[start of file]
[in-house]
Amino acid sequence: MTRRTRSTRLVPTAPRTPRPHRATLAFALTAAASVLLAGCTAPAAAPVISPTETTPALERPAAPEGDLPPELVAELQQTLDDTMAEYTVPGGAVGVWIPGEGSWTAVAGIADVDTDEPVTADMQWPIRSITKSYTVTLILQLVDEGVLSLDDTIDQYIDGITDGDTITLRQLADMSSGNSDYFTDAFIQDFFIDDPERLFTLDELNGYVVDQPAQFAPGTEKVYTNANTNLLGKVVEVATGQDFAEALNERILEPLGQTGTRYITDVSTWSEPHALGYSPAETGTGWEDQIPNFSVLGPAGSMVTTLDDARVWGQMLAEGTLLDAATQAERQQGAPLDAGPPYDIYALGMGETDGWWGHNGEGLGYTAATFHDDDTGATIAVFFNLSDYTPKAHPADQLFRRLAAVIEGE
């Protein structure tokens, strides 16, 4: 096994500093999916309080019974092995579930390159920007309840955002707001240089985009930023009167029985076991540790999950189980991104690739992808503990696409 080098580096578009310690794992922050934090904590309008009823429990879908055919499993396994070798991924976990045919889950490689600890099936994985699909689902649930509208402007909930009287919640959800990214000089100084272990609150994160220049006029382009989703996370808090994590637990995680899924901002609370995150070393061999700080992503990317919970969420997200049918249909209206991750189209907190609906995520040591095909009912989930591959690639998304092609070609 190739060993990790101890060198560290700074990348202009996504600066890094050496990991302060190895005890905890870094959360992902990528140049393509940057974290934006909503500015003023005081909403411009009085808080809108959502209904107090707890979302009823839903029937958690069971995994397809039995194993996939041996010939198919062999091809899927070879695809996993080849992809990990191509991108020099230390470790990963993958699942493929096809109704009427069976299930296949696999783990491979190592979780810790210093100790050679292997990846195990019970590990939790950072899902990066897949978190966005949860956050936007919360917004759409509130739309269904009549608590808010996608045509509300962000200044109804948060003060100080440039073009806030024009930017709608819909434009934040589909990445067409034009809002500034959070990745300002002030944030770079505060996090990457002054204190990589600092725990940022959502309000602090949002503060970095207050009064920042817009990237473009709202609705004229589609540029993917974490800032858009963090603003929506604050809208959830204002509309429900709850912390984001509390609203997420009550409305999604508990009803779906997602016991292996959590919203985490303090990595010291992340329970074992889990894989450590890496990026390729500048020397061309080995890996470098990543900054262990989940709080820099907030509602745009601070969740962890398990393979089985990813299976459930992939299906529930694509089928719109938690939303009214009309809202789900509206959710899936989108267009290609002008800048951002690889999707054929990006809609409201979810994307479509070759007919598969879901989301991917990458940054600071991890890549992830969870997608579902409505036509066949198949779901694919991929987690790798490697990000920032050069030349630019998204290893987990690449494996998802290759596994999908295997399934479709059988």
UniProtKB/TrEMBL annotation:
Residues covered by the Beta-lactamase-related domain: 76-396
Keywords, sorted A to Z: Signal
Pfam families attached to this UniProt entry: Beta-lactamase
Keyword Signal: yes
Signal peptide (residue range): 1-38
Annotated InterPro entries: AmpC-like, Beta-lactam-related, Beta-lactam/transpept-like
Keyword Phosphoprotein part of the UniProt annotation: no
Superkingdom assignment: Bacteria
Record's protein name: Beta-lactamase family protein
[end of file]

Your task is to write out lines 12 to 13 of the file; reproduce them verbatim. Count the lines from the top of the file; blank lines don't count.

Superkingdom assignment: Bacteria
Record's protein name: Beta-lactamase family protein